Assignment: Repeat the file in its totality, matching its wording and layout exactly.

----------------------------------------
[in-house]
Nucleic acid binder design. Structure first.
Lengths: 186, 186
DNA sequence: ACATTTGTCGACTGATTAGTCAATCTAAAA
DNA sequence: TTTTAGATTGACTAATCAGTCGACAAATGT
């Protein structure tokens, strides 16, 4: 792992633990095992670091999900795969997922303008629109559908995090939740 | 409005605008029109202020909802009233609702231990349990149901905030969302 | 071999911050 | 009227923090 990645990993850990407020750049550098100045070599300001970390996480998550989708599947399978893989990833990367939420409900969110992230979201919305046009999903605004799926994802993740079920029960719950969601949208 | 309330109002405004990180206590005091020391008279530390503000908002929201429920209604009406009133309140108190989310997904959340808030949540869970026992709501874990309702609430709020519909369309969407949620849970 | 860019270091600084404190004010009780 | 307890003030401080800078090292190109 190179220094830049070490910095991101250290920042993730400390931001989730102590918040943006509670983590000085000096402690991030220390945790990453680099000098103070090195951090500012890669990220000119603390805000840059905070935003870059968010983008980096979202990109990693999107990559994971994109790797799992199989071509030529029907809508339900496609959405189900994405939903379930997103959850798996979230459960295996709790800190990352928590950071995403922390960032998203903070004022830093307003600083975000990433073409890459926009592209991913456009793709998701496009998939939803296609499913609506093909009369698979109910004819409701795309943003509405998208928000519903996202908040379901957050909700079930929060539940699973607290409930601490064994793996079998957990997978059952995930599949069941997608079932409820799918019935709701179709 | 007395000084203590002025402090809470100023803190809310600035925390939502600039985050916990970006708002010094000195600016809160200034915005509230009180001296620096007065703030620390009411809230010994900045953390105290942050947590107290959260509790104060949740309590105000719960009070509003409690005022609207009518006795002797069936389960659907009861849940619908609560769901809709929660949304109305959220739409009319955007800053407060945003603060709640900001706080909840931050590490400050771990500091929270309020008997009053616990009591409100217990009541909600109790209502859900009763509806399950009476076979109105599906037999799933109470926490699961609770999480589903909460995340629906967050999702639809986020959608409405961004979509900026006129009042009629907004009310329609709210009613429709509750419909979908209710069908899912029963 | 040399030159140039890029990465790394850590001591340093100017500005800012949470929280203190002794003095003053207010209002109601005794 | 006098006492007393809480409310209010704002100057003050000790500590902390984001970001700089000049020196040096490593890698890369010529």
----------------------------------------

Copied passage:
[in-house]
Nucleic acid binder design. Structure first.
Lengths: 186, 186
DNA sequence: ACATTTGTCGACTGATTAGTCAATCTAAAA
DNA sequence: TTTTAGATTGACTAATCAGTCGACAAATGT
């Protein structure tokens, strides 16, 4: 792992633990095992670091999900795969997922303008629109559908995090939740 | 409005605008029109202020909802009233609702231990349990149901905030969302 | 071999911050 | 009227923090 990645990993850990407020750049550098100045070599300001970390996480998550989708599947399978893989990833990367939420409900969110992230979201919305046009999903605004799926994802993740079920029960719950969601949208 | 309330109002405004990180206590005091020391008279530390503000908002929201429920209604009406009133309140108190989310997904959340808030949540869970026992709501874990309702609430709020519909369309969407949620849970 | 860019270091600084404190004010009780 | 307890003030401080800078090292190109 190179220094830049070490910095991101250290920042993730400390931001989730102590918040943006509670983590000085000096402690991030220390945790990453680099000098103070090195951090500012890669990220000119603390805000840059905070935003870059968010983008980096979202990109990693999107990559994971994109790797799992199989071509030529029907809508339900496609959405189900994405939903379930997103959850798996979230459960295996709790800190990352928590950071995403922390960032998203903070004022830093307003600083975000990433073409890459926009592209991913456009793709998701496009998939939803296609499913609506093909009369698979109910004819409701795309943003509405998208928000519903996202908040379901957050909700079930929060539940699973607290409930601490064994793996079998957990997978059952995930599949069941997608079932409820799918019935709701179709 | 007395000084203590002025402090809470100023803190809310600035925390939502600039985050916990970006708002010094000195600016809160200034915005509230009180001296620096007065703030620390009411809230010994900045953390105290942050947590107290959260509790104060949740309590105000719960009070509003409690005022609207009518006795002797069936389960659907009861849940619908609560769901809709929660949304109305959220739409009319955007800053407060945003603060709640900001706080909840931050590490400050771990500091929270309020008997009053616990009591409100217990009541909600109790209502859900009763509806399950009476076979109105599906037999799933109470926490699961609770999480589903909460995340629906967050999702639809986020959608409405961004979509900026006129009042009629907004009310329609709210009613429709509750419909979908209710069908899912029963 | 040399030159140039890029990465790394850590001591340093100017500005800012949470929280203190002794003095003053207010209002109601005794 | 006098006492007393809480409310209010704002100057003050000790500590902390984001970001700089000049020196040096490593890698890369010529």